Howards End

by

E. M. Forster

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Paul Wilcox Character Analysis

The youngest child in the Wilcox family, Paul has a brief, failed romance with Helen Schlegel when she stays at Howards End. He goes to Nigeria to make his fortune off of England’s colony there. When Charles goes to jail, he comes back to England to run the family business in African rubber. He resents giving ownership of Howards End to Margaret Schlegel and treats her rudely.

Paul Wilcox Quotes in Howards End

The Howards End quotes below are all either spoken by Paul Wilcox or refer to Paul Wilcox. For each quote, you can also see the other characters and themes related to it (each theme is indicated by its own dot and icon, like this one:
Class and Privilege Theme Icon
). Note: all page numbers and citation info for the quotes below refer to the Dover Thrift Editions edition of Howards End published in 2002.
Chapter 4 Quotes

“When I saw all the others so placid, and Paul mad with terror in case I said the wrong thing, I felt for a moment that the whole Wilcox family was a fraud, just a wall of newspapers and motor-cars and golf-clubs, and that if it fell I should find nothing behind it but panic and emptiness.”

Related Characters: Helen Schlegel (speaker), Margaret Schlegel, Paul Wilcox
Related Symbols: Cars and Walks
Page Number: 17
Explanation and Analysis:

“The truth is that there is a great outer life that you and I have never touched—a life in which telegrams and anger count. Personal relations, that we think supreme, are not supreme there. There love means marriage settlements, death, death duties. So far I’m clear. But here my difficulty. This outer life, though obviously horrid; often seems the real one—there’s grit in it. It does breed character. Do personal relations lead to sloppiness in the end?”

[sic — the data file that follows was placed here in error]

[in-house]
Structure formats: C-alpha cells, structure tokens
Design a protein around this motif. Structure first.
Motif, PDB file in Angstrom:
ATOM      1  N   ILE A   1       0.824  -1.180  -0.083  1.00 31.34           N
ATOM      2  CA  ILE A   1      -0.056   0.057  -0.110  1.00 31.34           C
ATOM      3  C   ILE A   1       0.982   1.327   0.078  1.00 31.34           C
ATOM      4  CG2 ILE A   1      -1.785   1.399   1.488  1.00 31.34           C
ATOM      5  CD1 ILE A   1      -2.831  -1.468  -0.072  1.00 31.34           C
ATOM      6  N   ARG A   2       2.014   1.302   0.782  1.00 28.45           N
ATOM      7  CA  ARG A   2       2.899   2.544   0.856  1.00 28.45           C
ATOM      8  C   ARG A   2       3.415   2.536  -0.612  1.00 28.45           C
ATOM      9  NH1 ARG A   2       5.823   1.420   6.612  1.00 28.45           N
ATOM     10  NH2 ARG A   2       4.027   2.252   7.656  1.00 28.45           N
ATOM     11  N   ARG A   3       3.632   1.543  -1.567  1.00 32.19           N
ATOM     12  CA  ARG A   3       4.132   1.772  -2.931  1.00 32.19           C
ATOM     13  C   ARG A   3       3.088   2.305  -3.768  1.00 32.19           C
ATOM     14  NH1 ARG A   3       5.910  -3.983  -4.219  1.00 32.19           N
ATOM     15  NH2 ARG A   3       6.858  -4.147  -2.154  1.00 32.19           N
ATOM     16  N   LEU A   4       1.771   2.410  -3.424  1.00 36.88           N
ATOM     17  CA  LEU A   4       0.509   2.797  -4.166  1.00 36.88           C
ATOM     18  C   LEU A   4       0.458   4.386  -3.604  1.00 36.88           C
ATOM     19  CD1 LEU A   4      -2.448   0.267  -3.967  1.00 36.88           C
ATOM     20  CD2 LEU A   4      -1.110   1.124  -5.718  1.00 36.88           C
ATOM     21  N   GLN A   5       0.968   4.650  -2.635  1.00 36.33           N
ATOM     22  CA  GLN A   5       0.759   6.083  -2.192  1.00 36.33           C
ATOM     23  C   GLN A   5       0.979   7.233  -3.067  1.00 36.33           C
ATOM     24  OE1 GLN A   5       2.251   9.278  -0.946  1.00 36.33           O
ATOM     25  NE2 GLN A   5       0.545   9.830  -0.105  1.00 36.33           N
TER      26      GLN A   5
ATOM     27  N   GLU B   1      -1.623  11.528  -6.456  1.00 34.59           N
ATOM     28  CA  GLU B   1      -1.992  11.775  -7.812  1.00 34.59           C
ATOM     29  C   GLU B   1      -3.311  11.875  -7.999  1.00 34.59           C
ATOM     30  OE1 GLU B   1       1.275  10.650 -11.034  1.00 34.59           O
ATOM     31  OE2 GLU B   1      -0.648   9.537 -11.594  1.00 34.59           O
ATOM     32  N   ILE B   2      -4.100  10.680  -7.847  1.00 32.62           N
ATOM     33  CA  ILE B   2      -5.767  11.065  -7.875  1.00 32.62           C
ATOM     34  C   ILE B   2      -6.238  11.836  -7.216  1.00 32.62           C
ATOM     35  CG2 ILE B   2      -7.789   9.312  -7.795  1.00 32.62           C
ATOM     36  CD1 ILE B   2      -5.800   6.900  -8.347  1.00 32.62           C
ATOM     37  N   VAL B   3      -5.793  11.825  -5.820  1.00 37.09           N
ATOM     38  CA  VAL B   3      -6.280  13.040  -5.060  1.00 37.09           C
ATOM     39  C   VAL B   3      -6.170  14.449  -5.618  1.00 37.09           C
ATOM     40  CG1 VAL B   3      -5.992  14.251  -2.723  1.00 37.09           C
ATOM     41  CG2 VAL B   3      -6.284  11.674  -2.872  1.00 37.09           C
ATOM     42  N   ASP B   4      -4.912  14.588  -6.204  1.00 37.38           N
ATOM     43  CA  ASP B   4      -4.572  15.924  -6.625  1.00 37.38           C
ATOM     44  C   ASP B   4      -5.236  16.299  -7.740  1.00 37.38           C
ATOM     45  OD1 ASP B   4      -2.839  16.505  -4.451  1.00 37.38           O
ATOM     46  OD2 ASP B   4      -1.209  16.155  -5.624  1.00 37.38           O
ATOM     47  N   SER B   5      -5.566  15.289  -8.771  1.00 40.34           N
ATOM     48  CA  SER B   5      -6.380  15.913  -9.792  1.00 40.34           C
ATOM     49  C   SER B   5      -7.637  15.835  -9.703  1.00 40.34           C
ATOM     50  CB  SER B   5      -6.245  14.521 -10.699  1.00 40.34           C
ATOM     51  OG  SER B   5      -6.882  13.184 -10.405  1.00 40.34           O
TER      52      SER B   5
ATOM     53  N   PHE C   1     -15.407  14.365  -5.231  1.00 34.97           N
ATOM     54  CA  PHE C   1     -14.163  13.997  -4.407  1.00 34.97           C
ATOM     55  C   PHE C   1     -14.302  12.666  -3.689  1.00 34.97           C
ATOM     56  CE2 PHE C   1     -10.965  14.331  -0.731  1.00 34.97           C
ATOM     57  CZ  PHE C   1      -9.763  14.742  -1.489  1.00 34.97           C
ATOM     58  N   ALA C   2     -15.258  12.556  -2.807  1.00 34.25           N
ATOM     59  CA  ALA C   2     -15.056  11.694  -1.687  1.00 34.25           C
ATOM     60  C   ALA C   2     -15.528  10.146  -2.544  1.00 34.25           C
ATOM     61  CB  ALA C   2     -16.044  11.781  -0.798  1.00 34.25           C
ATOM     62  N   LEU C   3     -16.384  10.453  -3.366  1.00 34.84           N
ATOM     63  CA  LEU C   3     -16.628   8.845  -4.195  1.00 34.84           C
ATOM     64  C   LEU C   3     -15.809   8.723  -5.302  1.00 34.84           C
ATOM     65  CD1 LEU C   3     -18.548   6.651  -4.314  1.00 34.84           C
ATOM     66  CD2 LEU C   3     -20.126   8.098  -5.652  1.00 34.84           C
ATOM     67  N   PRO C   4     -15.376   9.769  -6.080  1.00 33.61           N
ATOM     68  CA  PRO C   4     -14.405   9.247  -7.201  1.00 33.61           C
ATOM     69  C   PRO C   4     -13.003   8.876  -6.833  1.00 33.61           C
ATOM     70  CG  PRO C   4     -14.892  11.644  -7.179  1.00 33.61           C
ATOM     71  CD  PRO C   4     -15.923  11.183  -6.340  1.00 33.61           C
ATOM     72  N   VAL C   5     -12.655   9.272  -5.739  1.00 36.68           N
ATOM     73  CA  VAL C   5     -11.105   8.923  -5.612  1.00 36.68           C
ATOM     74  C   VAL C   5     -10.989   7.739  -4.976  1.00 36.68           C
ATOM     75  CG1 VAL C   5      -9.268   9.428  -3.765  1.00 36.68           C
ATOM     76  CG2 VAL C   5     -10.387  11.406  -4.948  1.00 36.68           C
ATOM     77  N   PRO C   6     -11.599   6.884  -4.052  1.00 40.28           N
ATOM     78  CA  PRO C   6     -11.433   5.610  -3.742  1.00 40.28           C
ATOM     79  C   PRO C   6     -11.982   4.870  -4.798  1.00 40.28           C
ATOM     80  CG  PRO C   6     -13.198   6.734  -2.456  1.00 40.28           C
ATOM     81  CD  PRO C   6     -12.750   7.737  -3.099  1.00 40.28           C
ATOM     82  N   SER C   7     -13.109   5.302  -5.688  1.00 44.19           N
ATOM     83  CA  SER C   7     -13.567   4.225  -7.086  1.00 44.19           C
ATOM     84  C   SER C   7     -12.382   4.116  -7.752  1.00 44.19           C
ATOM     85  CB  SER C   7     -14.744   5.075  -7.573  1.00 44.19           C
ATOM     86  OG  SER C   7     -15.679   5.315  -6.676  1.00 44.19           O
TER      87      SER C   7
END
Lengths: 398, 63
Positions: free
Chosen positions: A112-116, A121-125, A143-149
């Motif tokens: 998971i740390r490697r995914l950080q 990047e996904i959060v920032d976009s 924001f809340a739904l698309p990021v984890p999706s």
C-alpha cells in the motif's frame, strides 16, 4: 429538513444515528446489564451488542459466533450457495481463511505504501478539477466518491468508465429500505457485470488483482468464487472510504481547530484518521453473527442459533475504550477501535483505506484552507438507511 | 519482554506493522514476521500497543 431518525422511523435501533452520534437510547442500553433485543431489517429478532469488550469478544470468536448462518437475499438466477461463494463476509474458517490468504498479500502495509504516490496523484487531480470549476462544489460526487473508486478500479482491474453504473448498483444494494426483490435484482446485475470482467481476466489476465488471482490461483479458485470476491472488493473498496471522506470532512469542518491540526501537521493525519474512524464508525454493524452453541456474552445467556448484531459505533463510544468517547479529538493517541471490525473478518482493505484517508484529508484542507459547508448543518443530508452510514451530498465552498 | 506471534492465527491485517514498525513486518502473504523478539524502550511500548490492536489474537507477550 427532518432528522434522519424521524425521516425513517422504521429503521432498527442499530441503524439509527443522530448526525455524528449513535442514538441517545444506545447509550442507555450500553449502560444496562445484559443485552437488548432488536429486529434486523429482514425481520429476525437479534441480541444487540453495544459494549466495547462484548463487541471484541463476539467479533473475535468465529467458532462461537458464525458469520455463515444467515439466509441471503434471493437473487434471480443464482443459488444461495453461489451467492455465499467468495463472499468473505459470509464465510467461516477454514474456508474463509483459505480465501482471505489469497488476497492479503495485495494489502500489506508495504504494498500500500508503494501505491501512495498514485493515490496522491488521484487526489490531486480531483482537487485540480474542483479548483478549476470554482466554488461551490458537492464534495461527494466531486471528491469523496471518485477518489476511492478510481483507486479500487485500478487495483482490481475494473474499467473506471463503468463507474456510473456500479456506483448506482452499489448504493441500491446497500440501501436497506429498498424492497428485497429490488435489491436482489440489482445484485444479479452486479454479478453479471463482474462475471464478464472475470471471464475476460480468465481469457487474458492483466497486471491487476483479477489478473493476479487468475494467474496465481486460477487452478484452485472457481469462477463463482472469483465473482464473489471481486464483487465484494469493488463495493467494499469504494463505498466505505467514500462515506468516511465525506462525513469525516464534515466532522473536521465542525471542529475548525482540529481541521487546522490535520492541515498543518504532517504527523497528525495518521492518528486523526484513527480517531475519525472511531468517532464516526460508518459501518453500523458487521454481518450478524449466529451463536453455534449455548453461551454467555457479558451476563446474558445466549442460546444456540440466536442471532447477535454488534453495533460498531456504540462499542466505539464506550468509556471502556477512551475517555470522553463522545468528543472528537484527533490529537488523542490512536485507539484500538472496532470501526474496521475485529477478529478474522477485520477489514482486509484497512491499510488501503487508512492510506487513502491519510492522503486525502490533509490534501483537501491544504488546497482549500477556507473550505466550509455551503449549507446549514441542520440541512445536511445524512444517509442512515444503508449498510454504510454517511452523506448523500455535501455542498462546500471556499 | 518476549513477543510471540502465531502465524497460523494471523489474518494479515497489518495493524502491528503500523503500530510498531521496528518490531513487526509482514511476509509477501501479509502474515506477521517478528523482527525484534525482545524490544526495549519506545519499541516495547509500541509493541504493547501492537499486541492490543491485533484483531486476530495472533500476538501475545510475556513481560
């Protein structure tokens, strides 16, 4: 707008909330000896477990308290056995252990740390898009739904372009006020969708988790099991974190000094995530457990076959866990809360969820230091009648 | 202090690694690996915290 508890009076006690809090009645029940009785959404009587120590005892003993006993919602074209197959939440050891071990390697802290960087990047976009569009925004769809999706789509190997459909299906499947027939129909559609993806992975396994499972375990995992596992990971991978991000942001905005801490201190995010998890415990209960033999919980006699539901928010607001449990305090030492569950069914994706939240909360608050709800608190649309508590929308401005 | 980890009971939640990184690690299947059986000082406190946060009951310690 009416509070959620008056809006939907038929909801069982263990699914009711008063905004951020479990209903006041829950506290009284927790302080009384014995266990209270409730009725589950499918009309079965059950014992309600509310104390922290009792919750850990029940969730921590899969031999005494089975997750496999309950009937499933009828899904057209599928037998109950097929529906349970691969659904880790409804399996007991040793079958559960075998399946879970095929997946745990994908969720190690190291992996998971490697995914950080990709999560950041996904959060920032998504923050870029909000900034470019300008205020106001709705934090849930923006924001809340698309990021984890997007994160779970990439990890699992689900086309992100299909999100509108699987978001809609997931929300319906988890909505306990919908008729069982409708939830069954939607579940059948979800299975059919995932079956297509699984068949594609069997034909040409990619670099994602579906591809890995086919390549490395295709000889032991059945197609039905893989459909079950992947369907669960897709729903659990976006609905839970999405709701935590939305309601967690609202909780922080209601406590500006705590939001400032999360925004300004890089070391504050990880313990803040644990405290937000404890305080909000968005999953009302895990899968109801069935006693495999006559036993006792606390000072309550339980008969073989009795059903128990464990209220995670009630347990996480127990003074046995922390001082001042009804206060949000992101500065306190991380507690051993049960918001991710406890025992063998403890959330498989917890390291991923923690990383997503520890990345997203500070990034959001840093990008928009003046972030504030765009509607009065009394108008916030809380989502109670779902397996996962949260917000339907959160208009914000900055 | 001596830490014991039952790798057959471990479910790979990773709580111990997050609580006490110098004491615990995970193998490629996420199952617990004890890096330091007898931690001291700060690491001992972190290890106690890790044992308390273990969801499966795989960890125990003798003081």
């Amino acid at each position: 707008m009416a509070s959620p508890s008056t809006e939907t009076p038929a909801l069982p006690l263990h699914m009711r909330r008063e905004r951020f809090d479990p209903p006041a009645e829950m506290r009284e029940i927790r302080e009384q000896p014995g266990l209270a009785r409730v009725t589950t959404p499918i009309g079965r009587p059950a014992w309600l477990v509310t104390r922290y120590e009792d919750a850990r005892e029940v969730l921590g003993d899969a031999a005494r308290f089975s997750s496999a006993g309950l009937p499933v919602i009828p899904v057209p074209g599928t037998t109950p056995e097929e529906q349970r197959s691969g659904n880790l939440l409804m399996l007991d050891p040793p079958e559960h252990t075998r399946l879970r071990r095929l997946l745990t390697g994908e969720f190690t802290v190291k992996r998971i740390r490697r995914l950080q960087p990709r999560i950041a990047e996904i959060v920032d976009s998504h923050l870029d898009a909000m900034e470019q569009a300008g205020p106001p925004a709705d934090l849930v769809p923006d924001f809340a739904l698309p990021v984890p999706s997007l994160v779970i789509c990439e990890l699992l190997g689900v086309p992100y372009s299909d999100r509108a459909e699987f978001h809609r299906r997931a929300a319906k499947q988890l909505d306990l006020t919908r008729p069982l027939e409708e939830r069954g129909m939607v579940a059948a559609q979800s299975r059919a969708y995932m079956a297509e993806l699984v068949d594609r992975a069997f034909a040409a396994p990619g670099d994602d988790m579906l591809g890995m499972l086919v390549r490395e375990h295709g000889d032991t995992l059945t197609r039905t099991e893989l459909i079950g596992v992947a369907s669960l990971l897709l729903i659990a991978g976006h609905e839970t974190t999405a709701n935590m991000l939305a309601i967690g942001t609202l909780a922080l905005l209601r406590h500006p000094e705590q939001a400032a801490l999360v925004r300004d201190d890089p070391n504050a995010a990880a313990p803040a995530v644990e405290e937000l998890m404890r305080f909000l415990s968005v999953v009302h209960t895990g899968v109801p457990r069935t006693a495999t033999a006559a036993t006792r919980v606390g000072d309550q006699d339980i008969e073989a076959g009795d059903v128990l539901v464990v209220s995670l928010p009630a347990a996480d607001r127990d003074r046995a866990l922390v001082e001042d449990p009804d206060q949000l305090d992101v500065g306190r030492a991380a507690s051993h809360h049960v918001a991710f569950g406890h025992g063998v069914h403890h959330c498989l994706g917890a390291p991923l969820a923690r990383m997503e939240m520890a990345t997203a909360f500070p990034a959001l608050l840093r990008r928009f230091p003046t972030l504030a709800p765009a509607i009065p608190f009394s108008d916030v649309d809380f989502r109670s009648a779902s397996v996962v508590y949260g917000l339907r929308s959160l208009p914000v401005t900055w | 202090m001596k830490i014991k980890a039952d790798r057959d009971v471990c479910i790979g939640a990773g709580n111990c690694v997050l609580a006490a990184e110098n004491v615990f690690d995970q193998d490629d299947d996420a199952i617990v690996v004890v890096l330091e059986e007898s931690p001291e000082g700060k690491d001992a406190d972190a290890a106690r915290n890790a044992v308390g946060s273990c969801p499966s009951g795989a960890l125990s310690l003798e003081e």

“Oh, Meg—, that’s what I felt, only not so clearly, when the Wilcoxes were so competent, and seemed to have their hands on all the ropes.”

Related Characters: Margaret Schlegel (speaker), Helen Schlegel (speaker), Paul Wilcox
Page Number: 18
Explanation and Analysis:
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Paul Wilcox Character Timeline in Howards End

The timeline below shows where the character Paul Wilcox appears in Howards End. The colored dots and icons indicate which themes are associated with that appearance.
Chapter 1
Class and Privilege Theme Icon
Capitalism Theme Icon
...Tibby, who is suffering from hay fever. Helen writes that the Wilcox children—Charles, Evie, and Paul—and their father, Henry, all suffer from hay fever as well, but are more stoic about... (full context)
Class and Privilege Theme Icon
Capitalism Theme Icon
Gender Theme Icon
...Helen’s last, brief letter, she tells her sister that she has fallen in love with Paul. (full context)
Chapter 2
Class and Privilege Theme Icon
Gender Theme Icon
...Helen. When Margaret returns home, she finds a telegram from Helen saying her fling with Paul is all over, but it’s too late to stop Mrs. Munt. (full context)
Chapter 3
Class and Privilege Theme Icon
Gender Theme Icon
...Howards End. He offers to drive her back with him. Unfortunately, she mistakes him for Paul and begins to talk to him about Helen’s news. He is shocked to hear that... (full context)
Chapter 4
Class and Privilege Theme Icon